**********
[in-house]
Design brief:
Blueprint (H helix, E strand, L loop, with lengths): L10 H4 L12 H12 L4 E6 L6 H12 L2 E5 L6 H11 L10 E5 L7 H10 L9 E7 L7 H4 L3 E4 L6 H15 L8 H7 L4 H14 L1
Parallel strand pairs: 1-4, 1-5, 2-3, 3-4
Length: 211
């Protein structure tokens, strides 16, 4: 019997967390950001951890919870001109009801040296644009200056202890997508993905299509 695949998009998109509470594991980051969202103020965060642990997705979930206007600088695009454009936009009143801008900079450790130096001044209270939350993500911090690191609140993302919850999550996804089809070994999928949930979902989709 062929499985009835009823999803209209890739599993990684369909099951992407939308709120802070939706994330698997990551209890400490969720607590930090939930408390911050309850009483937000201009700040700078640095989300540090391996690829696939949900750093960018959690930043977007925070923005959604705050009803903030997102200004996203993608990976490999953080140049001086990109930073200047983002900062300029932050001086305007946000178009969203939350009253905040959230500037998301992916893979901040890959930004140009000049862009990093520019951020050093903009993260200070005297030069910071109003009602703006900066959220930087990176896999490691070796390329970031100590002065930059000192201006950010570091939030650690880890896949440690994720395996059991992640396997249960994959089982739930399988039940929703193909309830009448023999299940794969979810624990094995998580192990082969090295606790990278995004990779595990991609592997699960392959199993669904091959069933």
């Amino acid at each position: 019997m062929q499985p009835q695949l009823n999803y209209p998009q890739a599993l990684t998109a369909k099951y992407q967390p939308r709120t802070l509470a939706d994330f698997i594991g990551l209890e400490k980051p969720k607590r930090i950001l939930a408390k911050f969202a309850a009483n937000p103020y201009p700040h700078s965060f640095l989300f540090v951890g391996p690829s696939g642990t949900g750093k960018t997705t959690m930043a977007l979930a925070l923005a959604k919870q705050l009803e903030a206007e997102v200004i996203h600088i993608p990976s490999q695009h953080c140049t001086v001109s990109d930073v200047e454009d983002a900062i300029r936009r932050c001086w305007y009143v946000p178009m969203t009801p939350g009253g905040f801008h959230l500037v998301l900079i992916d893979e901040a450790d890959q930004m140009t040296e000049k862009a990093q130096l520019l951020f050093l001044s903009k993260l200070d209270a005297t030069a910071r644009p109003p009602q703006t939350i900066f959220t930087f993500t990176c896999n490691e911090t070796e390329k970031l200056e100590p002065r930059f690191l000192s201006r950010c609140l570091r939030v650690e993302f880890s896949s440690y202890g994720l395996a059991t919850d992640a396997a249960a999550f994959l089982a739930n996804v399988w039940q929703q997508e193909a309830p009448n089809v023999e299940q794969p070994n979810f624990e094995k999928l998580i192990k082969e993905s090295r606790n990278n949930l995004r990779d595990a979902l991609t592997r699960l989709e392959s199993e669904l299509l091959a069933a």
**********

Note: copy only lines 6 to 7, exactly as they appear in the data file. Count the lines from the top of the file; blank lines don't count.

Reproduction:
């Protein structure tokens, strides 16, 4: 019997967390950001951890919870001109009801040296644009200056202890997508993905299509 695949998009998109509470594991980051969202103020965060642990997705979930206007600088695009454009936009009143801008900079450790130096001044209270939350993500911090690191609140993302919850999550996804089809070994999928949930979902989709 062929499985009835009823999803209209890739599993990684369909099951992407939308709120802070939706994330698997990551209890400490969720607590930090939930408390911050309850009483937000201009700040700078640095989300540090391996690829696939949900750093960018959690930043977007925070923005959604705050009803903030997102200004996203993608990976490999953080140049001086990109930073200047983002900062300029932050001086305007946000178009969203939350009253905040959230500037998301992916893979901040890959930004140009000049862009990093520019951020050093903009993260200070005297030069910071109003009602703006900066959220930087990176896999490691070796390329970031100590002065930059000192201006950010570091939030650690880890896949440690994720395996059991992640396997249960994959089982739930399988039940929703193909309830009448023999299940794969979810624990094995998580192990082969090295606790990278995004990779595990991609592997699960392959199993669904091959069933």
């Amino acid at each position: 019997m062929q499985p009835q695949l009823n999803y209209p998009q890739a599993l990684t998109a369909k099951y992407q967390p939308r709120t802070l509470a939706d994330f698997i594991g990551l209890e400490k980051p969720k607590r930090i950001l939930a408390k911050f969202a309850a009483n937000p103020y201009p700040h700078s965060f640095l989300f540090v951890g391996p690829s696939g642990t949900g750093k960018t997705t959690m930043a977007l979930a925070l923005a959604k919870q705050l009803e903030a206007e997102v200004i996203h600088i993608p990976s490999q695009h953080c140049t001086v001109s990109d930073v200047e454009d983002a900062i300029r936009r932050c001086w305007y009143v946000p178009m969203t009801p939350g009253g905040f801008h959230l500037v998301l900079i992916d893979e901040a450790d890959q930004m140009t040296e000049k862009a990093q130096l520019l951020f050093l001044s903009k993260l200070d209270a005297t030069a910071r644009p109003p009602q703006t939350i900066f959220t930087f993500t990176c896999n490691e911090t070796e390329k970031l200056e100590p002065r930059f690191l000192s201006r950010c609140l570091r939030v650690e993302f880890s896949s440690y202890g994720l395996a059991t919850d992640a396997a249960a999550f994959l089982a739930n996804v399988w039940q929703q997508e193909a309830p009448n089809v023999e299940q794969p070994n979810f624990e094995k999928l998580i192990k082969e993905s090295r606790n990278n949930l995004r990779d595990a979902l991609t592997r699960l989709e392959s199993e669904l299509l091959a069933a």